BIDDEFORD, Maine — The former owner of a Kittery redemption center is appealing his conviction for stealing more than $10,000 from Maine’s beverage manufacturers and distributors in a case with Gloucester ties.
Thomas Woodard was convicted in 2011 on a count of theft by deception for stealing refunds and handling fees for beverage containers that were purchased in New Hampshire and Massachusetts.
Woodard, who owned Green Bee Redemption with his wife, Megan, was sentenced to 21 days in jail. His sentence is on hold during the appeals process. Megan Woodard was acquitted in the case.
During a four-day trial last year, the prosecution argued that the Woodards set up satellite redemption centers in a sports complex in Derry, N.H., and at an employee’s home in Gloucester. The result was that more than 100,000 containers from those states were redeemed at Green Bee between 2008 and 2010, according to the prosecution, with the Woodards and colleagues pocketing the difference between the bottle deposit paid in Massachusetts and the higher payouts granted in Maine.
Prosecutors had said last year that thousands of the bottles and cans had been brought to Maine by the late lobsterman and writer Peter Prybot and his son, Thomas Prybot, 22, of Gloucester. The younger Prybot, a student at the time at the University of Massachusetts, had also been an employee of the Woodards’ center, working part time over the summer.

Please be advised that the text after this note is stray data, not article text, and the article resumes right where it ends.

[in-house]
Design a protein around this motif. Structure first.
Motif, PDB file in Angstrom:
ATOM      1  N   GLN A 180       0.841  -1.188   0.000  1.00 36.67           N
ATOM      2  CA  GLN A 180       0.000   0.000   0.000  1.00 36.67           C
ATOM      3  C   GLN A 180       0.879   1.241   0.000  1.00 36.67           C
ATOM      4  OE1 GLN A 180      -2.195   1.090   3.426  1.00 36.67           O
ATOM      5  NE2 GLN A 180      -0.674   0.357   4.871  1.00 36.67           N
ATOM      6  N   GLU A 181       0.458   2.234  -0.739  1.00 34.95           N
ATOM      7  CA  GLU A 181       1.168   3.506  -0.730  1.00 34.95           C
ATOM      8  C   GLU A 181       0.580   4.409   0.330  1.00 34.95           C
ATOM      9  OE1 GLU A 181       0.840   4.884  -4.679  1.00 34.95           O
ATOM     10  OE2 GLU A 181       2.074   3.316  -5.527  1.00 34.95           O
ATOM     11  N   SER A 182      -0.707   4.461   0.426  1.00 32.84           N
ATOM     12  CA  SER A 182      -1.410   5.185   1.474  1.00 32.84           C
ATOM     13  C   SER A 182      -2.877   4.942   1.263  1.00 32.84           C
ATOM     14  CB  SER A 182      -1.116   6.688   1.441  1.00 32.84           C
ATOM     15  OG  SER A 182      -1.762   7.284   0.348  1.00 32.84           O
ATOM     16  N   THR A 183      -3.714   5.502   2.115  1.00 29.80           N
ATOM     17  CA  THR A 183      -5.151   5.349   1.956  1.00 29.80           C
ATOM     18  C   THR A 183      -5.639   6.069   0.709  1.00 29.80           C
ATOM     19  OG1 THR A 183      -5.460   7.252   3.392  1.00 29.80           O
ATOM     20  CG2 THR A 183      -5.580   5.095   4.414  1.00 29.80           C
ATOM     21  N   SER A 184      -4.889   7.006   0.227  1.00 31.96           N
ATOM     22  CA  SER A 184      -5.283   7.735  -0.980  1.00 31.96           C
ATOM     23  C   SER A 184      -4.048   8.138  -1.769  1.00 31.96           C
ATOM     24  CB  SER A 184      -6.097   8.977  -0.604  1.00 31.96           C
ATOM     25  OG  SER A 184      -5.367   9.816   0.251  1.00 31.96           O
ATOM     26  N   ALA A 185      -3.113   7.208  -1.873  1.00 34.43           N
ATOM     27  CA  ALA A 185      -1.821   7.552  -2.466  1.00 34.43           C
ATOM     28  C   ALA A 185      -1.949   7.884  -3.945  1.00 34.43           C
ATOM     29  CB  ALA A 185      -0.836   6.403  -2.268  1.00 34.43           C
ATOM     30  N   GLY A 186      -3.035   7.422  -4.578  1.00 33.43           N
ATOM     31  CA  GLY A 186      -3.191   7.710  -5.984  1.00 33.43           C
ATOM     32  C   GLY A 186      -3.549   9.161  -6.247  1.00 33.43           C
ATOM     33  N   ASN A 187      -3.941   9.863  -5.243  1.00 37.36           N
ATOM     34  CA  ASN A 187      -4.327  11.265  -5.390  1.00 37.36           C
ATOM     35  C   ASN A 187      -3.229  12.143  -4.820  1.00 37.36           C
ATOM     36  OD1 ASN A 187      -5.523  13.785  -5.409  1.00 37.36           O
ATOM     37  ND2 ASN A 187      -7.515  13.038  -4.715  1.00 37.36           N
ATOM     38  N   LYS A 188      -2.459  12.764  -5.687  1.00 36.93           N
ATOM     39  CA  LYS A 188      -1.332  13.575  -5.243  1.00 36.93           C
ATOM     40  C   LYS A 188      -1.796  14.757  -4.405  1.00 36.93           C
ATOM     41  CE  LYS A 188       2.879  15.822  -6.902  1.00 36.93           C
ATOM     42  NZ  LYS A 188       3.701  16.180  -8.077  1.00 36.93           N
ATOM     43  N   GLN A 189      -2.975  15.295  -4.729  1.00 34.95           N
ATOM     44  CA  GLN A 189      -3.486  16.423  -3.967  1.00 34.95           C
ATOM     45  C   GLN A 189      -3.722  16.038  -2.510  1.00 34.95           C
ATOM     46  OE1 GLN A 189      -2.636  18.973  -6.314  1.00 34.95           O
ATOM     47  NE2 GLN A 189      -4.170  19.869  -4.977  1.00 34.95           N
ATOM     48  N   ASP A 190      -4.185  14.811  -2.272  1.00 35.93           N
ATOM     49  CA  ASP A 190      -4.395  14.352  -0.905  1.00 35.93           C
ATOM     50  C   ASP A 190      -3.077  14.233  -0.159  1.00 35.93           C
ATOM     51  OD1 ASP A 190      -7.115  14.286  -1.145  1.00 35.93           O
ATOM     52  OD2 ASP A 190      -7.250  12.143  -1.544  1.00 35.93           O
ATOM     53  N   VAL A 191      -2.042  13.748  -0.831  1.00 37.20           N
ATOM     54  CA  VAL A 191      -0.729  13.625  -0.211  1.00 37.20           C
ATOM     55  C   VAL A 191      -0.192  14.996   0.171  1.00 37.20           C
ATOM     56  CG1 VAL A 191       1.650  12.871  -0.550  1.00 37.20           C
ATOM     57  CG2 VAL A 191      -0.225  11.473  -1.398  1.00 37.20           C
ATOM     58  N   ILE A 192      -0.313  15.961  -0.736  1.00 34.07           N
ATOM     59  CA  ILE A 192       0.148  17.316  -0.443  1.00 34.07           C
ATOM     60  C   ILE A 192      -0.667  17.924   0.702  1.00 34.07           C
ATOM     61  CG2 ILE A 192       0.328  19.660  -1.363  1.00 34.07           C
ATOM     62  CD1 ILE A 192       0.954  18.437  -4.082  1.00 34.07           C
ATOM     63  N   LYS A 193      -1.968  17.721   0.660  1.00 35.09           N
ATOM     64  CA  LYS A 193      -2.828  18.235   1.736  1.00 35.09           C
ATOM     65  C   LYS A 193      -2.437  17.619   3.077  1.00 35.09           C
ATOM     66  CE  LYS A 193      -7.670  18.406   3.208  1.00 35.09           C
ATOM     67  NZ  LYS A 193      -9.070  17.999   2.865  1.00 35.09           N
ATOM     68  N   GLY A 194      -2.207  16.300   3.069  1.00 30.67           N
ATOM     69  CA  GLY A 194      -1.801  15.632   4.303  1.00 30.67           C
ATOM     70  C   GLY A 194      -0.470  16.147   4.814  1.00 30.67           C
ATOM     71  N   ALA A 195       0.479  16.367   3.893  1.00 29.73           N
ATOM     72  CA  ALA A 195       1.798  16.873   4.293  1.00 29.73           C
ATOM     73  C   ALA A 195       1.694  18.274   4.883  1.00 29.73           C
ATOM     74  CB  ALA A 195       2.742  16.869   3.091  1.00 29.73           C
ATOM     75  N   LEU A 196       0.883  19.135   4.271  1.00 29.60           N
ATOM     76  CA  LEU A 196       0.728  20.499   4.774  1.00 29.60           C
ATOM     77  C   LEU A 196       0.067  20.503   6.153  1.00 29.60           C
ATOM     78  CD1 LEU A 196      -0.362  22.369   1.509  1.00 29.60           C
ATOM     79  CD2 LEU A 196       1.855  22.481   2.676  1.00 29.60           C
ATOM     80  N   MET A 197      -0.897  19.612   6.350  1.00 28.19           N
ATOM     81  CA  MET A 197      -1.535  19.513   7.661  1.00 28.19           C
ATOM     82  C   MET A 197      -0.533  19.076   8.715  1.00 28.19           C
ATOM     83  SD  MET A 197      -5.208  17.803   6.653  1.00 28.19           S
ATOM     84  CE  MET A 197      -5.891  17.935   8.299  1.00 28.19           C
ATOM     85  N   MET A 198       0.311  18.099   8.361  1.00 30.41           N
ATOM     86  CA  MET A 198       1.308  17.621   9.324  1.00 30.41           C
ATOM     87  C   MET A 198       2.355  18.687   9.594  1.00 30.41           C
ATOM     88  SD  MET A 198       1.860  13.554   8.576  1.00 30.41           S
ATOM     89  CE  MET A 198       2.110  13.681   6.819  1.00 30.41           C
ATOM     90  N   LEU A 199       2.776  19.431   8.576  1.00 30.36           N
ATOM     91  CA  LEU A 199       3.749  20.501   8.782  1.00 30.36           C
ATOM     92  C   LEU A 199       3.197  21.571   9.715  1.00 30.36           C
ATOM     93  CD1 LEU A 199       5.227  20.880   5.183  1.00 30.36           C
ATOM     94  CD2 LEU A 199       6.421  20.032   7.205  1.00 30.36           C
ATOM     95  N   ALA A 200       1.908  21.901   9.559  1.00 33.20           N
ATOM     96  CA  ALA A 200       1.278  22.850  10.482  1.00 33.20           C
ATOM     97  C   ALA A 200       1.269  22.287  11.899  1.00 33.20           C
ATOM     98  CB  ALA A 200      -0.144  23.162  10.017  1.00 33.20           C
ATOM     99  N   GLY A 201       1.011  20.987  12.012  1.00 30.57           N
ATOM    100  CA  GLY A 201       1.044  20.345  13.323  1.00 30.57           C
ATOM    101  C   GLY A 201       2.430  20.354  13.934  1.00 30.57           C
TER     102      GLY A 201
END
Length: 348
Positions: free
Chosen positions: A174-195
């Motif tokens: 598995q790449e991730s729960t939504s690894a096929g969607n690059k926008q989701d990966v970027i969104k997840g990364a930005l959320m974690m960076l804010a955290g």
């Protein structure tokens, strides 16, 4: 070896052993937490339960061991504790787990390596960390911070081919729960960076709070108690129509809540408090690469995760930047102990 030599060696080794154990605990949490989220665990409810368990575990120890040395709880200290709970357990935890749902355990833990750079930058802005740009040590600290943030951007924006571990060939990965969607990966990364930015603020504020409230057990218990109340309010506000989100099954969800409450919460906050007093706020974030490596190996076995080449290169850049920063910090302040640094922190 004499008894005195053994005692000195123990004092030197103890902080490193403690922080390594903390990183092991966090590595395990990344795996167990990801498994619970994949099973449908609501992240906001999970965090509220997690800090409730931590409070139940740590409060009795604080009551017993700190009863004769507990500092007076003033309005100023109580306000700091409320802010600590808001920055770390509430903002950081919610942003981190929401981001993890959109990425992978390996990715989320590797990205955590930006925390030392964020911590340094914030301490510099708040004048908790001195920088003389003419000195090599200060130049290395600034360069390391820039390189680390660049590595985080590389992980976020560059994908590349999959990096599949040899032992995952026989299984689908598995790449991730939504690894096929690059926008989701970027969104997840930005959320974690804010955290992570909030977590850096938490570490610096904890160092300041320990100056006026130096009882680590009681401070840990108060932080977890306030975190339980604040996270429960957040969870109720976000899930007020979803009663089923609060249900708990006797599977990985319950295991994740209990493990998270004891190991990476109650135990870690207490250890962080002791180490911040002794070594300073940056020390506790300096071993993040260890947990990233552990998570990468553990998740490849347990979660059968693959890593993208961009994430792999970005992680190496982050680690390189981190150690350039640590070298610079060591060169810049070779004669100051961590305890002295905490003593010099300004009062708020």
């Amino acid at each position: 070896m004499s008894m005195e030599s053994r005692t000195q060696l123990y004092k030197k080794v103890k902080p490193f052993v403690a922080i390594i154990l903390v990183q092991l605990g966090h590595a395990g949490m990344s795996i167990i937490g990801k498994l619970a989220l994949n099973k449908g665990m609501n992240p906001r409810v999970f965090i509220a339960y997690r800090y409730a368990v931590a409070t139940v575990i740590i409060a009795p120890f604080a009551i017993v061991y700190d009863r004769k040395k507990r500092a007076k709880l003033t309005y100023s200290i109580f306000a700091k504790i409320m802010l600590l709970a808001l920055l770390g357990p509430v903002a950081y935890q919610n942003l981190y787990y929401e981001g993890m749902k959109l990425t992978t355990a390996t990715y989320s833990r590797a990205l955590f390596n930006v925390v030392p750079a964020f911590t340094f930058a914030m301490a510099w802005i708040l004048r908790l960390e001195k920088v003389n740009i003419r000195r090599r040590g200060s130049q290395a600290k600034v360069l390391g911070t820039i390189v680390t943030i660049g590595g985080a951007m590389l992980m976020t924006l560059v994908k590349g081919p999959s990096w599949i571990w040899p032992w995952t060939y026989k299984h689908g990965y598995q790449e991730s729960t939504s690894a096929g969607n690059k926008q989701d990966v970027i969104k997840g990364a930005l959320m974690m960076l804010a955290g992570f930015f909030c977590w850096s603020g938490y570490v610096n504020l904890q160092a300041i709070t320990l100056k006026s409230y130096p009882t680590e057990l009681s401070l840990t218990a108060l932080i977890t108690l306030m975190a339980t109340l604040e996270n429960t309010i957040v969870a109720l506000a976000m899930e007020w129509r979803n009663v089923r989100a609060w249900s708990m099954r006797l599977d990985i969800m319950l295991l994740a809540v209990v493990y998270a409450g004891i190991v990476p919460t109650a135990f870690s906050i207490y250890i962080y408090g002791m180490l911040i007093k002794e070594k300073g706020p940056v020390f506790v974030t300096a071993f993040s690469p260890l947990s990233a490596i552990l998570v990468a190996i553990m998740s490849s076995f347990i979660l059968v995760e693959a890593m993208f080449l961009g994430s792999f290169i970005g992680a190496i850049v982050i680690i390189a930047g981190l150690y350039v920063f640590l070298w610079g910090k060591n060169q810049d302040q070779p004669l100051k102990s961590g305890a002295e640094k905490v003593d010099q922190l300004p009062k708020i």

The elder Prybot, the respected author and regular columnist in the Gloucester Daily Times, had been indicted along with the Woodards in February 2011 for his role in the alleged scheme. But he was found dead after an apparent fall from his lobster boat in the waters just off Rockport on April 3 of that year.
In this week’s appeal, Woodard’s lawyer argued before the Maine Supreme Judicial Court on Tuesday that a jury could not have found Woodard guilty beyond a reasonable doubt, given the evidence that was presented. Arguments by Richard Grundy, Woodard’s lawyer, included there was no direct evidence that the containers were not redeemable in Maine, that certain evidence should have been excluded and that the prosecutor committed misconduct when she told the jury to “send a message” with their verdict.
Assistant Attorney General Leanne Robbin said Grundy was cherry-picking information to argue his position. She noted that a jury could infer that Woodard knew the bottles weren’t from Maine because of the truckloads brought in from outside the state, as well as the documented cellphone contacts with the supplier and the payments made to him.
She said her “send a message” statement was not inflammatory, as Grundy argued, and noted that the trial lawyers did not object at the time.
Additional material from Times staff reports is included in this story.